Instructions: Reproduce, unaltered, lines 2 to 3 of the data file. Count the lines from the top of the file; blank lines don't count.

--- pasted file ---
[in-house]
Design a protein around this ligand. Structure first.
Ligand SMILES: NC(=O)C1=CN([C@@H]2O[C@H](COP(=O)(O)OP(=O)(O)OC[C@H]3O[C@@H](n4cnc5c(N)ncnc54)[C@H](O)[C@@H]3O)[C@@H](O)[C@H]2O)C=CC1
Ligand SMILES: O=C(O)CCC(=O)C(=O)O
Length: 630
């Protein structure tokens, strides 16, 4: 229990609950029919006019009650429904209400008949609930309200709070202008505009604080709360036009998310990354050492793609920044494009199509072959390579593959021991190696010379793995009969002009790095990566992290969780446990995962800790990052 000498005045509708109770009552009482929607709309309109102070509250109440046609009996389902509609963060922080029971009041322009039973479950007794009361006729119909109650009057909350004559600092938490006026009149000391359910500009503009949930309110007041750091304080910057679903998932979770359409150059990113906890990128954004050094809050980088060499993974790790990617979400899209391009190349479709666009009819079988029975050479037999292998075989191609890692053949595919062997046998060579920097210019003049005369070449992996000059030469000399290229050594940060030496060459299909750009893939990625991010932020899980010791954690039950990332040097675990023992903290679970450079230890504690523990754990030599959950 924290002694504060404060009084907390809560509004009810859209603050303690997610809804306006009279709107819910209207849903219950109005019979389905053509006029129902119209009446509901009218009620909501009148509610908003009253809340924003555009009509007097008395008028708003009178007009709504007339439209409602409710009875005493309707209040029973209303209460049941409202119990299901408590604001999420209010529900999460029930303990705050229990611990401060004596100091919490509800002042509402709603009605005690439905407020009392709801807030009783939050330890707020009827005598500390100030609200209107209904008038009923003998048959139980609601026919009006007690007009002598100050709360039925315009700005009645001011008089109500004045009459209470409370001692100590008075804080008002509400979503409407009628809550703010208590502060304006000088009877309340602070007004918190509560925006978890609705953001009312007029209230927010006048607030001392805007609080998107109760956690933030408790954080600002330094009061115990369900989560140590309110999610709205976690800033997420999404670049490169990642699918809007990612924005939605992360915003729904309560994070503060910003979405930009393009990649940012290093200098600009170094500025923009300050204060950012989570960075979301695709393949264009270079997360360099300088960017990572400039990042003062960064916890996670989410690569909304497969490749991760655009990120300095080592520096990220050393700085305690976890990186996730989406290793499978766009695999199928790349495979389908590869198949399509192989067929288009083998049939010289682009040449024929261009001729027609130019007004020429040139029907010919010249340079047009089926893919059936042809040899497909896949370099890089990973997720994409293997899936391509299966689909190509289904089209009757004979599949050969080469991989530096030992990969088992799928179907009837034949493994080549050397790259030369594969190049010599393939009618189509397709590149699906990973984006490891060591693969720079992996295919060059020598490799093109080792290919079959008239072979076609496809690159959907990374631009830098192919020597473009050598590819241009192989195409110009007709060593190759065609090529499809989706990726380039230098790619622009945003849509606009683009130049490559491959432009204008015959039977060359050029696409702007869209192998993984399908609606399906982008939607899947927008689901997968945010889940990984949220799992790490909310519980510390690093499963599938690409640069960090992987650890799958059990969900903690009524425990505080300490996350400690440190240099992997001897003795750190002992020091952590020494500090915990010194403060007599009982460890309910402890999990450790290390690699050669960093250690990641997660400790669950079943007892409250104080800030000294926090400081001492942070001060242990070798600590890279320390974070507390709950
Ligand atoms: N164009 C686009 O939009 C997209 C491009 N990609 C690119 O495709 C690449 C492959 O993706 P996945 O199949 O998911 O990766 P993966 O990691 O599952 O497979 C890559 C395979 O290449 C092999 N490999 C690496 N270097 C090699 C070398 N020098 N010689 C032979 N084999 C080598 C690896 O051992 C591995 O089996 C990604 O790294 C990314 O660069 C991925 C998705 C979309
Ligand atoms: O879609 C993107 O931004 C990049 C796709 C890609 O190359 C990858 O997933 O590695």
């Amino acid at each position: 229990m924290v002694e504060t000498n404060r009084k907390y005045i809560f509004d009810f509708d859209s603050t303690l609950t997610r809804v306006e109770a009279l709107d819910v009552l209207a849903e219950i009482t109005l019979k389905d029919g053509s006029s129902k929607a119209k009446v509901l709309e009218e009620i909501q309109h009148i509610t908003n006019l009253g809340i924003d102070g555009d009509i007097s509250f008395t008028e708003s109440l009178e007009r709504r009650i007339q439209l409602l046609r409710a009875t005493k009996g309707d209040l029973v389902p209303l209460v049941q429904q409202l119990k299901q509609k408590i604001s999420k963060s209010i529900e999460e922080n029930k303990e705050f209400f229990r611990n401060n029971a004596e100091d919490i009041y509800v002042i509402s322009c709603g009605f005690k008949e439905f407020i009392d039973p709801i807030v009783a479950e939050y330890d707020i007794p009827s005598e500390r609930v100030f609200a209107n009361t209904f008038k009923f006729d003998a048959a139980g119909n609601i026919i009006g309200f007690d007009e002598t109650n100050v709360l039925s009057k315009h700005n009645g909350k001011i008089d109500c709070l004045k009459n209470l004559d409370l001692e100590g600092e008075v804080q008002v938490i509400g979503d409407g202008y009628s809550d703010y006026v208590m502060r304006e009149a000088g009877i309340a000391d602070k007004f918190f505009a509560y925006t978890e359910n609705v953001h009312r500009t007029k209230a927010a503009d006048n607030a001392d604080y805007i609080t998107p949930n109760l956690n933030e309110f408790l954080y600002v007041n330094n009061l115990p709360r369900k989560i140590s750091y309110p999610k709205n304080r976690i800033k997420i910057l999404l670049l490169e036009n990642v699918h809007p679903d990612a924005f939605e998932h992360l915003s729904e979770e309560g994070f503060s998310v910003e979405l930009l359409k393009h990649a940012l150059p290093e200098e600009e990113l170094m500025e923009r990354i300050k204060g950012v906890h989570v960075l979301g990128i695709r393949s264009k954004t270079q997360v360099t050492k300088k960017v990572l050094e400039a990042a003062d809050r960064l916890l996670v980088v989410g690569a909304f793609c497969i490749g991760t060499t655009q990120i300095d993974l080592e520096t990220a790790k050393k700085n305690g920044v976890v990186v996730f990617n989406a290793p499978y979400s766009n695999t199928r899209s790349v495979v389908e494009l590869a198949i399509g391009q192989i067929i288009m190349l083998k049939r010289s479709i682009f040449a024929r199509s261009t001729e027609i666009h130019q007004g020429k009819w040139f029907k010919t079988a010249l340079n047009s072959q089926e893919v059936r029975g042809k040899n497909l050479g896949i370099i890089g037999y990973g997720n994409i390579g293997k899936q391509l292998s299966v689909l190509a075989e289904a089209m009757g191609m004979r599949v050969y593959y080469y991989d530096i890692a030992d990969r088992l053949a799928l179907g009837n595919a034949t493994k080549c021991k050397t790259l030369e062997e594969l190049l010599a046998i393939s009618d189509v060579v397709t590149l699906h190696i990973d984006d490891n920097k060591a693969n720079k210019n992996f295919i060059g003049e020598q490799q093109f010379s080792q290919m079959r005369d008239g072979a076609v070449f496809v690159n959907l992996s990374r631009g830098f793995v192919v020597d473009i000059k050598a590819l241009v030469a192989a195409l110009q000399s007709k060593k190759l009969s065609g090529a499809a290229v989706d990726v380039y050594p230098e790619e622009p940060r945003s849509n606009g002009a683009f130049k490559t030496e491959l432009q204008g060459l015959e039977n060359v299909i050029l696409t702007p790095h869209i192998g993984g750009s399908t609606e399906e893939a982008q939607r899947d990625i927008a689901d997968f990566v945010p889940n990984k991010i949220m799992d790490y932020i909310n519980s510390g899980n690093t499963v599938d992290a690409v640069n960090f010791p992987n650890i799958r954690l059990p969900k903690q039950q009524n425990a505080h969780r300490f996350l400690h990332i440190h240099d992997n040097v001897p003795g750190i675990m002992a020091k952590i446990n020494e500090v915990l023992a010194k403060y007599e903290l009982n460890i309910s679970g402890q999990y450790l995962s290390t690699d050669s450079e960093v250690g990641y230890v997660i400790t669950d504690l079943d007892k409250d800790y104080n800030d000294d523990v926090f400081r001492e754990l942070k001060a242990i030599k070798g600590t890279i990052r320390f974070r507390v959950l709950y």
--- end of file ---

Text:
Design a protein around this ligand. Structure first.
Ligand SMILES: NC(=O)C1=CN([C@@H]2O[C@H](COP(=O)(O)OP(=O)(O)OC[C@H]3O[C@@H](n4cnc5c(N)ncnc54)[C@H](O)[C@@H]3O)[C@@H](O)[C@H]2O)C=CC1